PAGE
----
100 years of royal ride

Old is gold

The timeless beauty has turned 100. A symbol of elegance and regal splendor, the 1912 model Rolls Royce Silver Ghost Throne car has become the cynosure of all eyes as it stands majestically inside a specially designed glass showcase.

The Rolls Royce Silver Ghost Throne

Endowed with a rich canary yellow body, gold mountings, lights and roof dome finished in silver, this priceless creation was ordered in 1911 by the Nizam of Hyderabad VI, Mir Mehboob Ali Khan.

However, Mehboob could not live to enjoy the drive. The made-to-order car was delivered to the rulers of Hyderabad after his death in 1912. It was Nizam VII, Mir Osman Ali Khan, then hailed as the richest man in the world, used the limousine for official purpose.

The Rolls Royce, which was the first car to be imported into the City of Pearls, is now on display for the visitors at Chowmahalla Palace of the Nizams.

“We do not have any records to show at what price the Rolls-Royce car was purchased at that time. One cannot give the  exact value for such antique piece, some say it could be worth Rs 20 crore,” the Director of Chowmahalla Palace G Kishan Rao said.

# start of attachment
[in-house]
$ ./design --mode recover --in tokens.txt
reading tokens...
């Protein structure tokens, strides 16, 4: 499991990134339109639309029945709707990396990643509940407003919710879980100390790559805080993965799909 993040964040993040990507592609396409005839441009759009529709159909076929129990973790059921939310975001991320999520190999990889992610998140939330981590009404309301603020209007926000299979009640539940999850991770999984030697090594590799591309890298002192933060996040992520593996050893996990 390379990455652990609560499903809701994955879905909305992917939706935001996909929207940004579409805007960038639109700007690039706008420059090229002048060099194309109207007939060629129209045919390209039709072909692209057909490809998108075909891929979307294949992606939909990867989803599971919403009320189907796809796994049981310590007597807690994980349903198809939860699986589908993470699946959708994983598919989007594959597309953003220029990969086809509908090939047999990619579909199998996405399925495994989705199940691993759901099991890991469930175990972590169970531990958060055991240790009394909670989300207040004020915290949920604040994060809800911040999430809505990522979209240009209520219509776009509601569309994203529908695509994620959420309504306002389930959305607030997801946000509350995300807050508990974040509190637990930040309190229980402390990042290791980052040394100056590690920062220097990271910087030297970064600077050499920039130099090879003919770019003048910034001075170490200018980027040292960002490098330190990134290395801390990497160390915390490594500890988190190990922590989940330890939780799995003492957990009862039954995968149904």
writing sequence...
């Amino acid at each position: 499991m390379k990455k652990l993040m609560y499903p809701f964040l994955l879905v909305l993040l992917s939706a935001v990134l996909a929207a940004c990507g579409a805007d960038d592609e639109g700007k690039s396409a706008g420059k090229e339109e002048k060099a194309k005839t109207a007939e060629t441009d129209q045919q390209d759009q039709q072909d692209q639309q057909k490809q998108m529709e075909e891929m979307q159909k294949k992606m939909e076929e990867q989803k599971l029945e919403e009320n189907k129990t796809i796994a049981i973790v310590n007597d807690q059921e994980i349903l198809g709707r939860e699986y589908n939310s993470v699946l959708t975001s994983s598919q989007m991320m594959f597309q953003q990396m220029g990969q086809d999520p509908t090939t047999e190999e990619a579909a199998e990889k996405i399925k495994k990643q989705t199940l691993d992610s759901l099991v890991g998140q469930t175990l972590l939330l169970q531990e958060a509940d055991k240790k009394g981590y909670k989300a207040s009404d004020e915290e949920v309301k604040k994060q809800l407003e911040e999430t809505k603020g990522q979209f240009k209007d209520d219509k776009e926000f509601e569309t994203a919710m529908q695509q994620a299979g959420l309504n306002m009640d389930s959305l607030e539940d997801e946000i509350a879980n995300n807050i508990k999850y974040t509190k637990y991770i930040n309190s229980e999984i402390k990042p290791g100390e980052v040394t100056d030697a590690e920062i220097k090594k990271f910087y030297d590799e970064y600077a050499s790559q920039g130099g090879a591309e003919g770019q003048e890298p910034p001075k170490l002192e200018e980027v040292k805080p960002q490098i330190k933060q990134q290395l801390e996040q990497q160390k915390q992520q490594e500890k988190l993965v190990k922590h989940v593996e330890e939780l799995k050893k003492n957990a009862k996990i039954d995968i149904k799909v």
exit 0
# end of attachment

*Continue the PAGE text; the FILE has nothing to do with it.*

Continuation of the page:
During his career of 26 years, the Nizam travelled in the car sparingly. He used it only on ceremonial occasions. As a result, this 100-year-old car ran only 356 miles.

The car which bears a chassis number 2117, and a 40/50 horse power engine capacity that gives a mileage of eight miles per gallon, is a 1912 make.

The order was placed with noted coach builder Barkers of Edinburgh, who were asked to develop a special body which was to epitomise a throne on wheels while retaining the regal splendour of the Nizam's grand court.

The original body was painted in a rich canary yellow with gold mountings and interiors were of gold silk and brocade upholstery with lace and silk curtains. The car has two seats in the back with separate seats for security guards. The driver cabin is separated by a glass panel.

It was maintained by the Hyderabad State Railway at its garage. After the Nizam’s death, it was lying in ruins at the Chiran Fort Palace until three years ago, when Ameenuddin Khan, administrator of the Nizam's private estate, took up the restoration work.

The task of restoring the royal car was entrusted to Rana Manvendra Singh Barwani of Indore—the famous curator of vintage cars. It has now been restored in its original rich canary yellow with gold mountings, laced silk curtains, and special upholstery from France, priced over Rs 50 lakh.

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